He was first brought to life by animator Bob Clampett and voiced by Mel Blanc in director Tex Avery‘s Porky’s Duck Hunt.  Warner Brothers was looking to carve a niche out the cartoon market (and take market share away from Disney). They had had some success with Porky Pig, but  Tex Avery “wanted a character so incongruous, so nuts, so out-of place that it would put Walt Disney’s cute “Silly Symphonies” to shame.” [The Complete History of Daffy Duck]  With Daffy he had just the duck for the mission.

Daffy Duck as he first appeared in Porky's Duc...

Daffy Duck as he first appeared in Porky’s Duck Hunt (1937). (Photo credit: Wikipedia)

Daffy’s personality changed as the years went on. He became a slightly different duck for each of his directors. For Tex Avery he was wacky. He put the Loon in Looney Tunes. He literally bounced all over the place like a lunatic shouting “Woo-hoo! Woo-hoo!”

By 1940 he’d grown more focused and ambitious. He wanted to be a movie star.

He was still crazy, but he had purpose and had control over the scenes he was in. During World War II Daffy reflected the times, first he was a draft dodging duck, then he collects scrap metal for a scrap drive (Scrap Happy Daffy). He even confronts Adolf Hitler in Daffy the Commando.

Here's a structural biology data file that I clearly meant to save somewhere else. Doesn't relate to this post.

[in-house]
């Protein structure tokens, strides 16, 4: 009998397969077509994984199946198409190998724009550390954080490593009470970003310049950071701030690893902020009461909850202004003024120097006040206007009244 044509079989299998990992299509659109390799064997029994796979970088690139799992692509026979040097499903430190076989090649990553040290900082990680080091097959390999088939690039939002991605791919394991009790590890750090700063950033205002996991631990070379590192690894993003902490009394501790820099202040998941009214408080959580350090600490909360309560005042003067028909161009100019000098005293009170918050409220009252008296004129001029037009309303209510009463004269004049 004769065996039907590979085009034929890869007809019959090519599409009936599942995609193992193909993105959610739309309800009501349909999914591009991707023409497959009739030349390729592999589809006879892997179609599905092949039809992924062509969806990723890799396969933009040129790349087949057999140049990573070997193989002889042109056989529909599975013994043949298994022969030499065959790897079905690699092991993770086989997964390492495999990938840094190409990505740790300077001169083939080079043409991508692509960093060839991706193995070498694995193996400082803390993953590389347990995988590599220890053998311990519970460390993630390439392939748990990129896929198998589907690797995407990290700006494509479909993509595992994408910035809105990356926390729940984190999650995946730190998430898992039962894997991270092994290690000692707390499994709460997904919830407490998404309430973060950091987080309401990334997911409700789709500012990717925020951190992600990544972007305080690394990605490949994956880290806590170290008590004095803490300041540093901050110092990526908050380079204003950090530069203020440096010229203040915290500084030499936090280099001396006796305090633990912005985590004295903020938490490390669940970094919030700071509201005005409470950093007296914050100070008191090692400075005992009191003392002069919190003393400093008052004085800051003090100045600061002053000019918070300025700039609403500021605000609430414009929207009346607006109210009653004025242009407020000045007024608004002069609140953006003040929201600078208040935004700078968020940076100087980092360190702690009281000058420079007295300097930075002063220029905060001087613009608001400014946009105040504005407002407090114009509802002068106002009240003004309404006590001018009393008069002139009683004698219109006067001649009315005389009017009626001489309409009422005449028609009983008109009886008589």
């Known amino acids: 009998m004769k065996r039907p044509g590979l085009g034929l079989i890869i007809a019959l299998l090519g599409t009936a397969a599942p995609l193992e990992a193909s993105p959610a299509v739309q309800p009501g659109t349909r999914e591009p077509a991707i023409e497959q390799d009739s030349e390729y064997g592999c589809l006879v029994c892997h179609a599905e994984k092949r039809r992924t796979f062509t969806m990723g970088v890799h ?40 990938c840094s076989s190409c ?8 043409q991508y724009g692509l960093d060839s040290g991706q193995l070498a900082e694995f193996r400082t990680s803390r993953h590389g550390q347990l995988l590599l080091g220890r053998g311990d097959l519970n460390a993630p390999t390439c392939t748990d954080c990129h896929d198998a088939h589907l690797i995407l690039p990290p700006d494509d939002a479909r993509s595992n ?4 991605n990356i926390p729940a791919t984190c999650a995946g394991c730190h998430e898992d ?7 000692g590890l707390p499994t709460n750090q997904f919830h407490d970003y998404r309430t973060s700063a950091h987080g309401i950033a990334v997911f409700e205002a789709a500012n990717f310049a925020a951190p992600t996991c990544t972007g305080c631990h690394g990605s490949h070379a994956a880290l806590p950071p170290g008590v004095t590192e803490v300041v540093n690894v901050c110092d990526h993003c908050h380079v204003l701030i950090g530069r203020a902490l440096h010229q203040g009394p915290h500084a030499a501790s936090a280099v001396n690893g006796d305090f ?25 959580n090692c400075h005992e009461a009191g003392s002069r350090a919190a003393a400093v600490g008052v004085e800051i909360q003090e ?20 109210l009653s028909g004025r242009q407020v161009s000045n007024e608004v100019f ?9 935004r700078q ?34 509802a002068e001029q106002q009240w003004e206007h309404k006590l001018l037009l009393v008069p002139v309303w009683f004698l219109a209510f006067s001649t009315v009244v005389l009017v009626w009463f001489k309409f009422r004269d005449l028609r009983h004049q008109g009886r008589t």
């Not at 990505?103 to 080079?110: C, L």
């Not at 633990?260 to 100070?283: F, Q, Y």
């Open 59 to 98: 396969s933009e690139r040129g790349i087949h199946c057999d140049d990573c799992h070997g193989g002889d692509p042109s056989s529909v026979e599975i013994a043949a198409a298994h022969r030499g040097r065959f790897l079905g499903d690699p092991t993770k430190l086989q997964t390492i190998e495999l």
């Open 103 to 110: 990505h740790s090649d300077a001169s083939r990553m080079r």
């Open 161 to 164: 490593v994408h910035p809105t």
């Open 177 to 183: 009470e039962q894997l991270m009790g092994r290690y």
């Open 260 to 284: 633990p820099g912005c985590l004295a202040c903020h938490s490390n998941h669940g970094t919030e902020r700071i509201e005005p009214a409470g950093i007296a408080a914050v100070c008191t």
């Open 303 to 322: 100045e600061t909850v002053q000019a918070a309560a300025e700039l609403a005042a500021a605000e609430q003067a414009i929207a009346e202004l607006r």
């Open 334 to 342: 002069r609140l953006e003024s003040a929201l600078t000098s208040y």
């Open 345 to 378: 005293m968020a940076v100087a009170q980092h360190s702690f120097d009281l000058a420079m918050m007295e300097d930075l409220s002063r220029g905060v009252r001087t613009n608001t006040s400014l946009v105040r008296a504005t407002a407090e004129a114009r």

Director Robert McKimson made Daffy dapper, instilling the cartoon fowl with a bit of brains to go with his bonkers.

When Chuck Jones took the helm Daffy changed again.  Where Daffy had been “a hyperactive, carefree, if not patriotic, duck ” [The Complete History of Daffy Duck] Jones gave us “a more power-hungry and greed-driven loser. … Jones made him taller, skinnier, beakier and scruffier-looking…While he had been a winner before, and happier, Jones made him him a loser who was never satisfied. [Ibid] Jones also did a run of movie spoofs starring Daffy and Porky that were enormously popular.

By the 1950s Daffy was struggling to reclaim the spotlight from Bugs Bunny, who had become the leading Warner Brothers character. Led by Chuck Jones, the directors of this era brought out a darker side of Daffy’s personality, showing him as desperately self-glorifying and consumed by jealousy—though also more introspective. [Encyclopedia Britannica.com]